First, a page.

18 September 2010

SoundCloud Players Now Across Site

Posted by Alex at 4:23 pm

The SoundCloud player is now across the site. If you click on Listen you will be presented by this rather lovely window – button subject to colour change.

Although ultimately I will program a customised SoundCloud Javascript player I decided to deploy the player across the site as quickly as possible. The easiest way to do this was to simply replace out existing Flash based music player with a SoundCloud player. But how would I be able to pass on the URL of the set to the Player so it knew which album to play?

Well, each of our sets is uploaded with a title like “Les Étoiles – Never To Alight”, which translates to a permalink like http://soundcloud.com/records-on-ribs/sets/les-etoiles-never-to-alight/ on SoundCloud. All I would have to do is transform “Artist Name – Release Title” into a slug like “artist-name-release-title” name, make this into a URL like http://soundcloud.com/records-on-ribs/sets/artist-name-release-title and send this to the SoundCloud Flash player ‘url=’ parameter. This was achieved pretty simply, as Ribcage can work out the name and the title of a release from a given slug.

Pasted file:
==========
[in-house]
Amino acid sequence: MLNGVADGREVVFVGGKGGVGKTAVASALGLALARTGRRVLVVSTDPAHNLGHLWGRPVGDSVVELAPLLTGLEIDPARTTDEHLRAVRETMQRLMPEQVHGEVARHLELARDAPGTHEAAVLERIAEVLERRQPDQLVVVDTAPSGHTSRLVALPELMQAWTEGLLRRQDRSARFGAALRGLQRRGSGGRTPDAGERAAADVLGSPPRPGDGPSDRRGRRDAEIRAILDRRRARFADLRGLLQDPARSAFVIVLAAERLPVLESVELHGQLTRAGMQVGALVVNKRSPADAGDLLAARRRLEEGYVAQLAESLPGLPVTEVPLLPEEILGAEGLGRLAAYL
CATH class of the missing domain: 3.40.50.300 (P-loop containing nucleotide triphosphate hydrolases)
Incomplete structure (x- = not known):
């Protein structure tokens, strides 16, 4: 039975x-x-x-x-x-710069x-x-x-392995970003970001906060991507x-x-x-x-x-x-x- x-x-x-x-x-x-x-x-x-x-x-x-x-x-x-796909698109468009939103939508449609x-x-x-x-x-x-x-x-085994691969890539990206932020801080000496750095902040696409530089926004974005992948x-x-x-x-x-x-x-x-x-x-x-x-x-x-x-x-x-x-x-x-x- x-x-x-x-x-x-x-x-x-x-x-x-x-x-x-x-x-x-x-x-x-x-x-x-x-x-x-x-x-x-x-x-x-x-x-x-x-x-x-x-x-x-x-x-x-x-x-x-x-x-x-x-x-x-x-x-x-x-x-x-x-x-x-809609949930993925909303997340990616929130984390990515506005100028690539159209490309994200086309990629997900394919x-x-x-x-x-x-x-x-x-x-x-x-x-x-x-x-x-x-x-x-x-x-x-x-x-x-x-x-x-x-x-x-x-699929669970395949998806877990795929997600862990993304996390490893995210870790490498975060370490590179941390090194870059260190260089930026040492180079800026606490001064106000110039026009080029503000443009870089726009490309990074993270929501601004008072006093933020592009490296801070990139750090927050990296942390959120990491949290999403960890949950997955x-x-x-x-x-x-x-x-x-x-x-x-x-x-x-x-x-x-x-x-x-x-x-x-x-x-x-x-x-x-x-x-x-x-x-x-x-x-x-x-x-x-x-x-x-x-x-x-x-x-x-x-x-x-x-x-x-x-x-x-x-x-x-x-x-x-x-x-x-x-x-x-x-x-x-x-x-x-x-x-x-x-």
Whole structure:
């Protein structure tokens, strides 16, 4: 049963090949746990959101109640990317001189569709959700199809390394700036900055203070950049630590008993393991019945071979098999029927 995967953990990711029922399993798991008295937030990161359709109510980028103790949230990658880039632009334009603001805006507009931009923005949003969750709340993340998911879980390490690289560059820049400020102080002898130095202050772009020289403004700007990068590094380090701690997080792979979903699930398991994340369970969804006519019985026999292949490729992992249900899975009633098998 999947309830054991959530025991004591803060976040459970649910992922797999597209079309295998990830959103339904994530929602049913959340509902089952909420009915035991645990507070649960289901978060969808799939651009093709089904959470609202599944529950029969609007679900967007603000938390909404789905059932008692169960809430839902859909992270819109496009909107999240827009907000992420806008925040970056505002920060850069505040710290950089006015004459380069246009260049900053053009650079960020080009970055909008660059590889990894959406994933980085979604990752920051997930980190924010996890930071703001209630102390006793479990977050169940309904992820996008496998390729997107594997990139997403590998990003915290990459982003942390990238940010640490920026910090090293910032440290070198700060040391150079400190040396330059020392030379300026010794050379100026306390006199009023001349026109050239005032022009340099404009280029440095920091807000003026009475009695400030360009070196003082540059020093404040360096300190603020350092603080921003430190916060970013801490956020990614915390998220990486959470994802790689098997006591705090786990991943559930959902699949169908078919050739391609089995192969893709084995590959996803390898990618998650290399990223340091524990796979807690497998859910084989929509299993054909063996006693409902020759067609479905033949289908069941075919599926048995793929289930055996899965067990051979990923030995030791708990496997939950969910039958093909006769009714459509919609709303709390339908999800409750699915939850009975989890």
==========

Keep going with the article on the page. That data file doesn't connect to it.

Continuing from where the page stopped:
# We are passed $release_slug from the URL structure - http://recordsonribs/player/$release_slug

$release = get_release_by_slug ($release_slug, FALSE, FALSE);
	if (is_wp_error($release)){
$artist['artist_name'] = get_artistname_by_id($release['release_artist']);
    if (is_wp_error($artist)){
# Setup how this set would be named at SoundCloud
$url = $artist['artist_name']." ".$release['release_title'];
$table = array(
    'Š'=>'S', 'š'=>'s', '?'=>'Dj', '?'=>'dj', 'Ž'=>'Z', 'ž'=>'z', '?'=>'C', '?'=>'c', '?'=>'C', '?'=>'c',
    'À'=>'A', 'Á'=>'A', 'Â'=>'A', 'Ã'=>'A', 'Ä'=>'A', 'Å'=>'A', 'Æ'=>'A', 'Ç'=>'C', 'È'=>'E', 'É'=>'E',
    'Ê'=>'E', 'Ë'=>'E', 'Ì'=>'I', 'Í'=>'I', 'Î'=>'I', 'Ï'=>'I', 'Ñ'=>'N', 'Ò'=>'O', 'Ó'=>'O', 'Ô'=>'O',
    'Õ'=>'O', 'Ö'=>'O', 'Ø'=>'O', 'Ù'=>'U', 'Ú'=>'U', 'Û'=>'U', 'Ü'=>'U', 'Ý'=>'Y', 'Þ'=>'B', 'ß'=>'Ss',
    'à'=>'a', 'á'=>'a', 'â'=>'a', 'ã'=>'a', 'ä'=>'a', 'å'=>'a', 'æ'=>'a', 'ç'=>'c', 'è'=>'e', 'é'=>'e',
    'ê'=>'e', 'ë'=>'e', 'ì'=>'i', 'í'=>'i', 'î'=>'i', 'ï'=>'i', 'ð'=>'o', 'ñ'=>'n', 'ò'=>'o', 'ó'=>'o',
    'ô'=>'o', 'õ'=>'o', 'ö'=>'o', 'ø'=>'o', 'ù'=>'u', 'ú'=>'u', 'û'=>'u', 'ý'=>'y', 'ý'=>'y', 'þ'=>'b',
    'ÿ'=>'y', '?'=>'R', '?'=>'r', '’'=&gt''
$url = preg_replace('/ /', '-', $url);
$url = strtr($url, $table);
$url = strtolower($url);
$url = preg_replace('/\p{P}(?